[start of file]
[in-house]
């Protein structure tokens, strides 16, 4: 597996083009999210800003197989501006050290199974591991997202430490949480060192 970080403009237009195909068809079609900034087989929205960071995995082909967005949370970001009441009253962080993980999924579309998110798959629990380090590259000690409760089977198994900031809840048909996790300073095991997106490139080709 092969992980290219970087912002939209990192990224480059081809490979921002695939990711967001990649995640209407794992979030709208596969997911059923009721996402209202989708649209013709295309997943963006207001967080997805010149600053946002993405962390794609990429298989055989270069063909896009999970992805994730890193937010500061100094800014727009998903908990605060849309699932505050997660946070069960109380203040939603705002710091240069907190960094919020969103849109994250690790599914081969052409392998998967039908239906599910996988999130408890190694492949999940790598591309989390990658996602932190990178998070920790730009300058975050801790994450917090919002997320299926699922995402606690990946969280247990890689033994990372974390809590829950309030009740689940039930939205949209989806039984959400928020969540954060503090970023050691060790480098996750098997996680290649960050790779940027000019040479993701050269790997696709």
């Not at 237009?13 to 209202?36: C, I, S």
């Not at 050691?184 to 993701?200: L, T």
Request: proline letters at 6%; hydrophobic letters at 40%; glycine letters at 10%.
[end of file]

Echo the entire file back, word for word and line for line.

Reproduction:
[in-house]
């Protein structure tokens, strides 16, 4: 597996083009999210800003197989501006050290199974591991997202430490949480060192 970080403009237009195909068809079609900034087989929205960071995995082909967005949370970001009441009253962080993980999924579309998110798959629990380090590259000690409760089977198994900031809840048909996790300073095991997106490139080709 092969992980290219970087912002939209990192990224480059081809490979921002695939990711967001990649995640209407794992979030709208596969997911059923009721996402209202989708649209013709295309997943963006207001967080997805010149600053946002993405962390794609990429298989055989270069063909896009999970992805994730890193937010500061100094800014727009998903908990605060849309699932505050997660946070069960109380203040939603705002710091240069907190960094919020969103849109994250690790599914081969052409392998998967039908239906599910996988999130408890190694492949999940790598591309989390990658996602932190990178998070920790730009300058975050801790994450917090919002997320299926699922995402606690990946969280247990890689033994990372974390809590829950309030009740689940039930939205949209989806039984959400928020969540954060503090970023050691060790480098996750098997996680290649960050790779940027000019040479993701050269790997696709």
């Not at 237009?13 to 209202?36: C, I, S």
């Not at 050691?184 to 993701?200: L, T």
Request: proline letters at 6%; hydrophobic letters at 40%; glycine letters at 10%.